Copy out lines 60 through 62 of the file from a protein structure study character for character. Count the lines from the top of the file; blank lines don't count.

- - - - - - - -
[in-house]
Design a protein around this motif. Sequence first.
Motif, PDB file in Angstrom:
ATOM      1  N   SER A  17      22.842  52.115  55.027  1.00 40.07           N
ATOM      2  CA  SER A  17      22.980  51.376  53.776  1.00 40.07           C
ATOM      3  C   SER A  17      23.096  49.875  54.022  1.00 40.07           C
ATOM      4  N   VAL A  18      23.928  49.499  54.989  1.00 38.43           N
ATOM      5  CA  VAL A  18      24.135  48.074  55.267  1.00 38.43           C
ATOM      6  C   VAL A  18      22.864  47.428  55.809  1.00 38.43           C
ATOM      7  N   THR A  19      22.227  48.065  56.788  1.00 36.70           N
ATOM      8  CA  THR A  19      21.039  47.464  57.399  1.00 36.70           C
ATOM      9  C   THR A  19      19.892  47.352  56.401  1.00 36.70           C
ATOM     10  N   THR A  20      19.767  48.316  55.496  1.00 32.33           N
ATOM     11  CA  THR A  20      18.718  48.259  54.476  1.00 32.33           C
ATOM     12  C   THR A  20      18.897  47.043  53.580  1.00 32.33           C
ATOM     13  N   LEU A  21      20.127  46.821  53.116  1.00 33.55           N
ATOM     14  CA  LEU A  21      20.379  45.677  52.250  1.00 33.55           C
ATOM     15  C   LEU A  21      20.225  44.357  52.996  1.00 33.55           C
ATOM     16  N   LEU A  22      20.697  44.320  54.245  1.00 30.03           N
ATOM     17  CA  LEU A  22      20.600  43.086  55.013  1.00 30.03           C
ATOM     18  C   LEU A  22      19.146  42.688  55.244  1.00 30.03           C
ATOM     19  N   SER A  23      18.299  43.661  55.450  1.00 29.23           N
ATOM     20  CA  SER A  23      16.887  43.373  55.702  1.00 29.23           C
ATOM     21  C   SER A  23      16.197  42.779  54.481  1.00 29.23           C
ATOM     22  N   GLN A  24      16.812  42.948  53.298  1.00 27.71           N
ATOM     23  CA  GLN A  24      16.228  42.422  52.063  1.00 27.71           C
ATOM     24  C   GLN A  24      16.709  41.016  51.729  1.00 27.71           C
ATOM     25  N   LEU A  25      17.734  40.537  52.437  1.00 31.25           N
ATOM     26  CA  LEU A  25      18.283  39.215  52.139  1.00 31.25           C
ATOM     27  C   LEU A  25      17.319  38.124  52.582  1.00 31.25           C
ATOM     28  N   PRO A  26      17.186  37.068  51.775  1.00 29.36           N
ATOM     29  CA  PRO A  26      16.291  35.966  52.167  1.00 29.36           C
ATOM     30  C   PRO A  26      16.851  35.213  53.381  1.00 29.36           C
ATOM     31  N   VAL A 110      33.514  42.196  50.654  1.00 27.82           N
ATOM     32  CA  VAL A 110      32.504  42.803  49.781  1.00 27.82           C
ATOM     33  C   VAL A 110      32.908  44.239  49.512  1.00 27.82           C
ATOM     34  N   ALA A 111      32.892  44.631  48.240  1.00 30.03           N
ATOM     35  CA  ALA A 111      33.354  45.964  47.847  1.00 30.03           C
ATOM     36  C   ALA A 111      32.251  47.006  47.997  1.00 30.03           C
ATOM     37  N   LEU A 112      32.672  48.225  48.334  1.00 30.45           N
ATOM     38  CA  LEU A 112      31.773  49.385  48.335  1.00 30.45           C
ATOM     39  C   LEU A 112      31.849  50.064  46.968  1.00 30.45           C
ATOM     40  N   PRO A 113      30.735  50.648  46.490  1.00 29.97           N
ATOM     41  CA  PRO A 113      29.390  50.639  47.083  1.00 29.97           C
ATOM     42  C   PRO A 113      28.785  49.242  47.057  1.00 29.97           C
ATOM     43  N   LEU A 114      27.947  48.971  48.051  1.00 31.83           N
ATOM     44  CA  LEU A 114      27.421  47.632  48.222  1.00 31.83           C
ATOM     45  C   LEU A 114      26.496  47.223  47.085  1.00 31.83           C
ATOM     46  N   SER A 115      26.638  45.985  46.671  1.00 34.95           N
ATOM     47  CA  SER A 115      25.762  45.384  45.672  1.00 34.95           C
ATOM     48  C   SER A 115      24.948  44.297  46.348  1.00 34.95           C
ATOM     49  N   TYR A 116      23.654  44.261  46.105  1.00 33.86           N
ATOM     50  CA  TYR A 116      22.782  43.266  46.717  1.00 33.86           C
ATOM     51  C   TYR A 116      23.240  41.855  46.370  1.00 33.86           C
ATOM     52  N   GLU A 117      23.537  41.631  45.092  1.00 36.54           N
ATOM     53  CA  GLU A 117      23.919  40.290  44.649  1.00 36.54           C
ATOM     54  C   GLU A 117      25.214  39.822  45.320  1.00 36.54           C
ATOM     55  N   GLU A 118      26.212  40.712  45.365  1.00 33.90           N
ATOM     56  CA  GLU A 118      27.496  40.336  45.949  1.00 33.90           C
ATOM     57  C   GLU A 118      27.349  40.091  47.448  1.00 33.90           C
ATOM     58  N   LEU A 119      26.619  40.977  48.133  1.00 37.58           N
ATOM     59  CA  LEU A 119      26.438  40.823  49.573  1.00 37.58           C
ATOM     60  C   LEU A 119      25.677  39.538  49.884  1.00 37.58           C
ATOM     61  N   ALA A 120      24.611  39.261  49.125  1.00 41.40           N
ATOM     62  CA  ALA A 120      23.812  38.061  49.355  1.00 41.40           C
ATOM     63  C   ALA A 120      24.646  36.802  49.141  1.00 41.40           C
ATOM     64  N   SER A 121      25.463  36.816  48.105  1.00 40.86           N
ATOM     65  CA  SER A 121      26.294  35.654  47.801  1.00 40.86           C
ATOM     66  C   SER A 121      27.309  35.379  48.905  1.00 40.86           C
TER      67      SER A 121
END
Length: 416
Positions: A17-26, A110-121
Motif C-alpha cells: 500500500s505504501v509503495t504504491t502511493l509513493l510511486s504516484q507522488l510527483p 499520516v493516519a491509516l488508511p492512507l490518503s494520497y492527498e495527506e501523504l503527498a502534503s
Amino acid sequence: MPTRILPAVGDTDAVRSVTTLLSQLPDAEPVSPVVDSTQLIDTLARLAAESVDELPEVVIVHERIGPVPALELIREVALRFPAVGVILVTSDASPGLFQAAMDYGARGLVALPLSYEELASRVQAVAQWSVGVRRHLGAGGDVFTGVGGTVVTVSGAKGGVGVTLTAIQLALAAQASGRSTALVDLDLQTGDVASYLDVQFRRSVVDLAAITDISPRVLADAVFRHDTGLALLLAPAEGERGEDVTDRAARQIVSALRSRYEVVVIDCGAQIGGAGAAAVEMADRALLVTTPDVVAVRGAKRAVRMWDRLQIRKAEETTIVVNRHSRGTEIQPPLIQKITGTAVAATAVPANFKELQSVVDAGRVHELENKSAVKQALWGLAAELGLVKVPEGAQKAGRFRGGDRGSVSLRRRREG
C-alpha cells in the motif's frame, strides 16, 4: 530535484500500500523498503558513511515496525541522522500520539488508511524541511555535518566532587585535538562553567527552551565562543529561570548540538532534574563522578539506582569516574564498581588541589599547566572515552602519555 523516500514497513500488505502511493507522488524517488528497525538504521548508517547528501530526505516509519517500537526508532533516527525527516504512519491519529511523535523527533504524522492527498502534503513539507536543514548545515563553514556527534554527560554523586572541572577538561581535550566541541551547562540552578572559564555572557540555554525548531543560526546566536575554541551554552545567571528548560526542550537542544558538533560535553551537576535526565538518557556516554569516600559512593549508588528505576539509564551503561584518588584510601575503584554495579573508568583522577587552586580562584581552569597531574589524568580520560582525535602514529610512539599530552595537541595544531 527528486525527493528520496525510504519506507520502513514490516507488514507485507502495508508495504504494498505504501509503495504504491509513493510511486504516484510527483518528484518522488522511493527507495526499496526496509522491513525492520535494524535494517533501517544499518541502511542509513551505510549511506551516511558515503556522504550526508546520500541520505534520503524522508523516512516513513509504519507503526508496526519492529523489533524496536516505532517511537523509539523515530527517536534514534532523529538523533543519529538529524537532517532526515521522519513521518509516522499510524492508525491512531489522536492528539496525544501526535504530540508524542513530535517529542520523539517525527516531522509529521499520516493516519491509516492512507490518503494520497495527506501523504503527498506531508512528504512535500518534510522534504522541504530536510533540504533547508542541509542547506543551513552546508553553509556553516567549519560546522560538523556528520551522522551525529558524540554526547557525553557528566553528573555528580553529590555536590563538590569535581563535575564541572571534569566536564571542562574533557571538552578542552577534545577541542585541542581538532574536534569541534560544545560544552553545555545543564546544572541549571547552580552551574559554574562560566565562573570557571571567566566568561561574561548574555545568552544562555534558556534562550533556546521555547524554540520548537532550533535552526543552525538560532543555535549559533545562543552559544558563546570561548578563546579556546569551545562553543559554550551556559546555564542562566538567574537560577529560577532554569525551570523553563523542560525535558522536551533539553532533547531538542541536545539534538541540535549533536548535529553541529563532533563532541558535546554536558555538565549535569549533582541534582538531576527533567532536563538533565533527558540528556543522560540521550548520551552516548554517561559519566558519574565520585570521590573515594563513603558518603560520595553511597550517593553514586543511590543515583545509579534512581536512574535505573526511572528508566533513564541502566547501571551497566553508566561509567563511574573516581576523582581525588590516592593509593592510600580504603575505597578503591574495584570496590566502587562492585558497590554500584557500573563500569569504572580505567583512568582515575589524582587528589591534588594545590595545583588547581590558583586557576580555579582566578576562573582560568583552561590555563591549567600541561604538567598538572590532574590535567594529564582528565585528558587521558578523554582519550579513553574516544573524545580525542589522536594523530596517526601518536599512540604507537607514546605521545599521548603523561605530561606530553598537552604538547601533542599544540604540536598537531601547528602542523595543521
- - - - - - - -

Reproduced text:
ATOM     57  C   GLU A 118      27.349  40.091  47.448  1.00 33.90           C
ATOM     58  N   LEU A 119      26.619  40.977  48.133  1.00 37.58           N
ATOM     59  CA  LEU A 119      26.438  40.823  49.573  1.00 37.58           C